When you don’t know the cause of your chest pain!
A 35-year-old woman develops sudden, excruciating chest pain, which occurred while going for a run, and resolved with rest. She’s never had this chest pain before, and the first thing she wants to know is,
“AM I HAVING A HEART ATTACK?”
You can usually figure out what’s causing chest pain by asking the right questions, but sometimes further testing is needed. Of course, whatever you see on the internet, including this video, is no substitute for seeking medical attention in real life. With that said, by the end of this video, you’ll know my approach to diagnosing chest pain, especially since MANY clues can give away the diagnosis.
So let’s get at it.
Chest pain can originate from all organs in the chest. (heart, lungs, esophagus, nerves, muscles, bones, and joints)
The 3 most serious lung diseases that cause chest pain include
1) Pulmonary embolism, meaning blood clots in the lungs,
2) Pneumothorax, where a lung deflates like a flat tire, and
Causes of Chest Pain
And let’s not forget about the gastrointestinal tract. Problems with the esophagus can cause chest pain, including GERD (Gastroesophageal Reflux Disease), aka Acid Reflux. Acid Reflux is the most common Non-Cardiac cause of chest pain.
Then you have the very common musculoskeletal causes of chest pain, like costochondritis. Chest pain often induces anxiety, but the reverse is true anxiety, and emotions are often the causes of chest pain….is it the chicken or the egg?
In order to sort out the cause, we have to answer some key questions and understand the context, Like the age of the patient and past medical history. We need to know specifics about the chest pain. It’s the character, duration, and exact location.
What makes the pain worse?
What makes it better?
For example, is it better or worse when sitting up or lying flat?
How about when you take in deep breaths?
And, of course, what are the associated symptoms?
Like shortness of breath?
All very important. Chest pain that originates from the heart can almost always be boiled down to 1 of 5 things: A heart attack, angina, arrhythmias, aortic stenosis, and pericarditis.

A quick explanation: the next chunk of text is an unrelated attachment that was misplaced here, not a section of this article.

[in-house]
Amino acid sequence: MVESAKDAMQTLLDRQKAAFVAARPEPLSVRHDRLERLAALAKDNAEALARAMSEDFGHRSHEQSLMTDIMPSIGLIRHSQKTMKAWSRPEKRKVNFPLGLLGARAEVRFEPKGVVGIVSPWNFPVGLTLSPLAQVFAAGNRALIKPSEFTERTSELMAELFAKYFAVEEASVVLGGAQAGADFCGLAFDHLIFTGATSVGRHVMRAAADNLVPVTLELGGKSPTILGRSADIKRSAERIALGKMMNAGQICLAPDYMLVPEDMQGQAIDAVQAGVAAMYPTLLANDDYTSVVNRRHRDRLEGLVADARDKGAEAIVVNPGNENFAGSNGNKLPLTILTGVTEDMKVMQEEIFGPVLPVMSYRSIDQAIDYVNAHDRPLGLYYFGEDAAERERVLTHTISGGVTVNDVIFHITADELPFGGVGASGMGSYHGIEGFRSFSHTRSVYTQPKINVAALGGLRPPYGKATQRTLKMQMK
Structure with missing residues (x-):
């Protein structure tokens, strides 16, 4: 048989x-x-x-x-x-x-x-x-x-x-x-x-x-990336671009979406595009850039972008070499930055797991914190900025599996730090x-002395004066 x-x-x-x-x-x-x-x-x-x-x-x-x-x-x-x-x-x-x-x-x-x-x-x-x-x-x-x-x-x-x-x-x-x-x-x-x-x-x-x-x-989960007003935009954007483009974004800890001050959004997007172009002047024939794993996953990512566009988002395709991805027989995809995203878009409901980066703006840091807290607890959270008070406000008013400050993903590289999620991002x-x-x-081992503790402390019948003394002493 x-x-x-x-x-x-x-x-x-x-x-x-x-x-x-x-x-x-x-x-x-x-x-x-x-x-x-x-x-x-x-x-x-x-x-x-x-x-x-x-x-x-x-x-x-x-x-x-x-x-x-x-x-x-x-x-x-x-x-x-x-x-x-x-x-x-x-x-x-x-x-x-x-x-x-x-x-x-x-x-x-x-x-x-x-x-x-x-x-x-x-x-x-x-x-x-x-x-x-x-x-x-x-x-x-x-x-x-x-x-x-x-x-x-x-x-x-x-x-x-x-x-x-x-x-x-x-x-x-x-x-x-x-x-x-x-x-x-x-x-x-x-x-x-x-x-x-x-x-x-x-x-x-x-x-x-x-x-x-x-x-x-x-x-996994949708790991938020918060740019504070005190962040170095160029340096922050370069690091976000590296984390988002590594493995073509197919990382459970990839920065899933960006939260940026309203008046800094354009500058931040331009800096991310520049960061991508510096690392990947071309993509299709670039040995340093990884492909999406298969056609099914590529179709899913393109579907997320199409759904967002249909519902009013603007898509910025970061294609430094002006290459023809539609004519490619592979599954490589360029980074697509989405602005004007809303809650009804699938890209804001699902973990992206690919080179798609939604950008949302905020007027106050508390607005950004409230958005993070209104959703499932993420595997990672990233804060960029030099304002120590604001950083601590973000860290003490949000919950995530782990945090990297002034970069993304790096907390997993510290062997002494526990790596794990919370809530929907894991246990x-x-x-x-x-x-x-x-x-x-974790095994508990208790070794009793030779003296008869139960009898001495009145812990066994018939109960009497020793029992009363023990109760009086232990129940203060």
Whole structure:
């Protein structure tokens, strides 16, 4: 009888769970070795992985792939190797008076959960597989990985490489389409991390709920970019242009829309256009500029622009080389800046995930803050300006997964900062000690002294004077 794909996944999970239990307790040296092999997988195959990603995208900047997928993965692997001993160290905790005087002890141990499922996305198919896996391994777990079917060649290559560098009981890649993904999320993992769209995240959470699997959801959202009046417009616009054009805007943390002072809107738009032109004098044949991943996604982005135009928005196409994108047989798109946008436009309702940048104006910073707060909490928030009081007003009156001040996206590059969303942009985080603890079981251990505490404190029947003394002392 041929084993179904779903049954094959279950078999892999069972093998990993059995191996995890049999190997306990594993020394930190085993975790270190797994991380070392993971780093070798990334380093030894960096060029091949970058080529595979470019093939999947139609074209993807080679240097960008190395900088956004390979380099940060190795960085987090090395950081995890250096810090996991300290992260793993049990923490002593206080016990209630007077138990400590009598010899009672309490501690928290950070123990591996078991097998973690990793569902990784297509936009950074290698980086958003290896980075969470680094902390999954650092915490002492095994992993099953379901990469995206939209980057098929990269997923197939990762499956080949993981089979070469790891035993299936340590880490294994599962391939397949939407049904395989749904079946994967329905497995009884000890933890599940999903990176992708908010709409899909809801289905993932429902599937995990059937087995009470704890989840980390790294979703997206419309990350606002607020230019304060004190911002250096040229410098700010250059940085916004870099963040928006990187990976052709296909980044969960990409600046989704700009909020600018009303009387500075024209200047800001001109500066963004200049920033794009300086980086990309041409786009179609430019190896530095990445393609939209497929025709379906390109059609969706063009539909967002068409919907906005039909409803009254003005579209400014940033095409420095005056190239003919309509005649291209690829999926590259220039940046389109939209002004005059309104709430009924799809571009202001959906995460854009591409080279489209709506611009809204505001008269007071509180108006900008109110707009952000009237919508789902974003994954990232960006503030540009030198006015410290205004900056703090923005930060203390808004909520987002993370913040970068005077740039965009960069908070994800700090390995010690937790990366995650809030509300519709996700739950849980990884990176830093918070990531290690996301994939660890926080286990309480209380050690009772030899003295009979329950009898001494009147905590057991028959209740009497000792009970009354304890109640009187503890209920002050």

Angina refers to chest pain that occurs when the heart muscle isn’t getting enough blood flow. It’s a feeling often described as chest heaviness, tightness, squeezing, crushing, constricting, or sometimes burning in the center of the chest or a little bit left of the breastbone. The pain sometimes radiates to the shoulder and arms, typically on the left side, and can also radiate to the neck and jaw, and upper abdomen.
Stable angina lasts less than 5 minutes. Unstable angina, which is the worse angina, lasts 5-10 minutes, sometimes longer.
When it comes to a heart attack or myocardial infarction, this is caused by a plaque in the coronary artery that breaks off, travels downstream, and lodges somewhere, causing a sudden blockage of blood flow to a particular area of the heart. It’s overall similar to the chest pain with angina, but usually more intense pain, and more likely to feel short of breath, nauseous, and have profuse sweating. The pain builds up over minutes and lasts at least 30 minutes.
Do women have different symptoms from men?
Not really. Women might be less likely to have chest pain when having a heart attack. And they are slightly more likely to have severe fatigue as a presenting symptom.
Pericarditis inflammation of the sac around the heart. Which can be caused by many things, including viruses, including COVID. Pericarditis causes severe, sharp, stabbing chest pain that is worse when taking deep breaths and coughing. The other unique feature about this chest pain is that it’s worse when lying down and better when leaning forward. The pain doesn’t really away until it gets properly treated.
Doctor Mike Hansen, MD
Internal Medicine | Pulmonary Disease | Critical Care Medicine
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